Ancient Wari tombs revealed in Peru

Beneath a corridor in the mausoleum, they found a burial structure, a mortuary gallery dubbed the ‘Gallery of Elite Craftsmen’.

Excavations at a royal Wari necropolis in Peru are shedding light on the importance of the production of crafts at the site. A team led by Miłosz Giersz and Patrycja Prządka-Giersz from the University of Warsaw has been investigating the burial complex at Castillo de Huarmey since 2010. The site was active for around 200 years (with dating evidence covering the period AD 770-970), part of the Wari civilisation that flourished c.AD 650-1050.

The Gallery of Elite Craftsmen was found in 2022 beneath the royal mausoleum of Castillo de Huarmey.
Image: Miłosz Giersz

In 2012-2013, the team uncovered a large intact burial chamber with the remains of 58 noblewomen, six human sacrifices, and two guardians (their feet amputated to ensure they stayed at their post), as well as more than 1,300 artefacts in gold, silver, and bronze, precious gems, wood, bone, and shells.

A gold decoration from a headdress discovered in one of the burials in the Gallery of Elite Craftsmen.
Image: Miłosz Giersz

With these numerous riches, it seemed that the elites of Castillo de Huarmey interred in this royal mausoleum were involved in some way in the crafting of finery. The evidence for this has been strengthened with the discoveries made in 2022, according to Giersz. Beneath a corridor in the mausoleum, they found a different burial structure, a mortuary gallery dubbed the ‘Gallery of Elite Craftsmen’. Within the chambers of the gallery were the remains of seven individuals – four adults (two male and two female) and three adolescents. They were buried in typical Wari fashion, seated and wrapped in cloths, provided with food and drink. As well as impressive jewellery like earspools and a gold headdress, among their grave goods were tools, including axes, knives, and saws. Materials used in basketry and textiles were also buried with these individuals, as were pieces of painted leather at different stages of production. These point to the crafting activities of the deceased, and suggest Castillo de Huarmey was an important place for producing high-end goods.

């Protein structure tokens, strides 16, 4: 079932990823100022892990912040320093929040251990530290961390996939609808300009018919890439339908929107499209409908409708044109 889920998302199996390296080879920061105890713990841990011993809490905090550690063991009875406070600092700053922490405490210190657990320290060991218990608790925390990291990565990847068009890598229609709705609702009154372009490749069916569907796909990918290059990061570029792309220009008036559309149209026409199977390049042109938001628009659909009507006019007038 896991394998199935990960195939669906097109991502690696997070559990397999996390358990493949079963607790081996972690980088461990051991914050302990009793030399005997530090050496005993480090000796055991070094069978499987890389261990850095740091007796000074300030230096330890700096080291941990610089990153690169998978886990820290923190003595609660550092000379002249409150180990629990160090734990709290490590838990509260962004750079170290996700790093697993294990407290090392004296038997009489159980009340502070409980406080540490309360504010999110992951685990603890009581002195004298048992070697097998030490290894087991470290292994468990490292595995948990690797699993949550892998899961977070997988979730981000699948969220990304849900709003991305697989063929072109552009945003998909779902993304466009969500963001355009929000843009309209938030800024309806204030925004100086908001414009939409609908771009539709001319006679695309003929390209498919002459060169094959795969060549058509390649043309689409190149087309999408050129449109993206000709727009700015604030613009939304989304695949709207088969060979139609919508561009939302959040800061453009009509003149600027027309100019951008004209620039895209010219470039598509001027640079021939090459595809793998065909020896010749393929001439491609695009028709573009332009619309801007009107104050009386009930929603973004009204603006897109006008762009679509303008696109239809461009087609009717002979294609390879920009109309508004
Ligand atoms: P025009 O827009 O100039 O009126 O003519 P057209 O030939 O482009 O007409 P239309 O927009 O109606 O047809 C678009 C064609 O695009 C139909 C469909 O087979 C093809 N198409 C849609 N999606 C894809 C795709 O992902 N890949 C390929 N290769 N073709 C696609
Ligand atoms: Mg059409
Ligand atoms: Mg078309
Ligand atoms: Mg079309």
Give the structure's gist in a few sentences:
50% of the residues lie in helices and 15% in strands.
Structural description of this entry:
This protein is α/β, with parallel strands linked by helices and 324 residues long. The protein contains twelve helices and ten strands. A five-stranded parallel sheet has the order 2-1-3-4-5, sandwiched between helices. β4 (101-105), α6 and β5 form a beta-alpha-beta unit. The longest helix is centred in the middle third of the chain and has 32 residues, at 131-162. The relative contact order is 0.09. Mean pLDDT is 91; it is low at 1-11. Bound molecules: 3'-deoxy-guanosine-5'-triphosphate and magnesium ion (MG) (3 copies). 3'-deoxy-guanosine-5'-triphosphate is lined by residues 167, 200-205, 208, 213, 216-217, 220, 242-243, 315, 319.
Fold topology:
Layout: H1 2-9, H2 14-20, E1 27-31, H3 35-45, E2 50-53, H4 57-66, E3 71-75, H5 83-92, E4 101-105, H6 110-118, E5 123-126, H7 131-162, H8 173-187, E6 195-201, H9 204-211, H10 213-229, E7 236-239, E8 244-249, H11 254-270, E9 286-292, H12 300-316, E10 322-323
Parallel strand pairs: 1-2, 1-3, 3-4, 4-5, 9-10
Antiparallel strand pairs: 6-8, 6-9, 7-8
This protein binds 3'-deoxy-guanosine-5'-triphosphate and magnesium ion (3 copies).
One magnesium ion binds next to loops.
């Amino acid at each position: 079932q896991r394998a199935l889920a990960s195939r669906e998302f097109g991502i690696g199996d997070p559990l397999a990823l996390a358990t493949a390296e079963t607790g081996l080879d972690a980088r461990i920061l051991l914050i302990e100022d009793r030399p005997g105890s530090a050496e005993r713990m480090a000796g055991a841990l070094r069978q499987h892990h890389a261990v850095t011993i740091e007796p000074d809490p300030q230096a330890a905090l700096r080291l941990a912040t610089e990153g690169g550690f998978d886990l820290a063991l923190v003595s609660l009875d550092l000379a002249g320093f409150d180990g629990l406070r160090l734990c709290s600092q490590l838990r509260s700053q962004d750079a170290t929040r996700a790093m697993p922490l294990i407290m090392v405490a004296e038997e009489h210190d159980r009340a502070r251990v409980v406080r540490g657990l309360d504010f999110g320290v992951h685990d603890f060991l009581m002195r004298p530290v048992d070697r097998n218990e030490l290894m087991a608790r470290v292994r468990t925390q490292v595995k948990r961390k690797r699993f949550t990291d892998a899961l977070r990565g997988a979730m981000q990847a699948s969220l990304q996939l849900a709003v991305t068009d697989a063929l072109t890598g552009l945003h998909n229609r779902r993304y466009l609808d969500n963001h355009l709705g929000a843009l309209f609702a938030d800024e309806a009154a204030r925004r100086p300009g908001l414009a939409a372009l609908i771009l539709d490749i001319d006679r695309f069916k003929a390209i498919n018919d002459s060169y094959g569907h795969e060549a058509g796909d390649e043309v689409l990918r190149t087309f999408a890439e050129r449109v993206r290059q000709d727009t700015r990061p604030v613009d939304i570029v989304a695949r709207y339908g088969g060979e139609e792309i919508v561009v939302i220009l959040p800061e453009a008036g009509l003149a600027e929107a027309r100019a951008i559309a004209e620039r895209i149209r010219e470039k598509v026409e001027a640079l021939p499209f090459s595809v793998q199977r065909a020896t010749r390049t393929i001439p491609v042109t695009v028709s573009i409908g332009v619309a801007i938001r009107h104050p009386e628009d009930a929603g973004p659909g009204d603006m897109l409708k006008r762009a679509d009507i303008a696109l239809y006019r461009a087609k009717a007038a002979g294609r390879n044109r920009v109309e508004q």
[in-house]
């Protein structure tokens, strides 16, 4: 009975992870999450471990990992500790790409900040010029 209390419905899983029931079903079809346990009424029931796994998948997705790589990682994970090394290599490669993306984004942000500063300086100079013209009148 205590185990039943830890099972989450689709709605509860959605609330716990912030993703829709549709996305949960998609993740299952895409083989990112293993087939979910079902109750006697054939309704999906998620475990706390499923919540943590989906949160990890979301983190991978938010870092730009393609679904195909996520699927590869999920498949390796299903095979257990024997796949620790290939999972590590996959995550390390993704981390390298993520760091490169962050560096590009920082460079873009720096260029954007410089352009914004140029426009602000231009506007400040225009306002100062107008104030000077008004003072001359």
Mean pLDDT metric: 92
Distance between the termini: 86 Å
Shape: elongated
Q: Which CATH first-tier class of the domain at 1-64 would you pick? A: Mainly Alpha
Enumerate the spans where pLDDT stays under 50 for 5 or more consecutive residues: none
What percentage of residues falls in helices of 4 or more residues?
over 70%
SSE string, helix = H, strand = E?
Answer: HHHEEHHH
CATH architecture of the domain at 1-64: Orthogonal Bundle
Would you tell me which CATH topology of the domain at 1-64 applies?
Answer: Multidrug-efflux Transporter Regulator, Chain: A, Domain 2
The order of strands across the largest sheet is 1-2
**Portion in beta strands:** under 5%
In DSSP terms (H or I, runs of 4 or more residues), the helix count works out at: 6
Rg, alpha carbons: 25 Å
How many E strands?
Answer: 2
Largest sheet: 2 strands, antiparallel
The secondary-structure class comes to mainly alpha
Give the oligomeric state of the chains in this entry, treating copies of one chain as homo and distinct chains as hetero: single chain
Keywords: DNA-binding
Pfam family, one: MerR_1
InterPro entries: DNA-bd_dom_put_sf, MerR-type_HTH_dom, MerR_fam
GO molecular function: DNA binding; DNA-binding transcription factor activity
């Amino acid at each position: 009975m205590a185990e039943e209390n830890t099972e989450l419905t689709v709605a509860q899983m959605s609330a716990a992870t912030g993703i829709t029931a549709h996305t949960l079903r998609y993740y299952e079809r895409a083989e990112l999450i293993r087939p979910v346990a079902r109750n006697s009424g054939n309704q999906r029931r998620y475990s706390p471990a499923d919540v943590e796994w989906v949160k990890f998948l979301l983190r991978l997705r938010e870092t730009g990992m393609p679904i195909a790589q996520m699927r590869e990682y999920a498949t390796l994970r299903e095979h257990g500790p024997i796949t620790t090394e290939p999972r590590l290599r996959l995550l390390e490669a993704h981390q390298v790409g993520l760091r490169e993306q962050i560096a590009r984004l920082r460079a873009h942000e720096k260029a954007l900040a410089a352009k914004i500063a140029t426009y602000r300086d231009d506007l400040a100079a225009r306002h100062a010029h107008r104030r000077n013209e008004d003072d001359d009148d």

The burials of the royal mausoleum hint that the high-ranking figures of Castillo de Huarney were also professional craftspeople. Study of their bones suggests they were engaging in craft activities, and the queen – the most prominent of the interred noblewomen – was found with gold and silver spindle whorls for spinning. Giersz says that it was not unusual for the upper classes to be accomplished manufacturers in the ancient Americas, but Castillo de Huarmey is the only ancient Andean site where we see this happening.

Some of the bones and grave goods in the Gallery of Elite Craftsmen appear to have been moved to a new location, a sign of ancestor worship. Giersz said, ‘We do not know if, in the case of Wari, ancestor worship also included the public display of the mummies of deceased rulers, as Incas did, but traces in both Wari and Tiwanaku centres, as well as Castillo de Huarmey and other archaeological sites on the Peruvian coast from this period, indicate that Wari moved their ancestors and manipulated their remains after death.’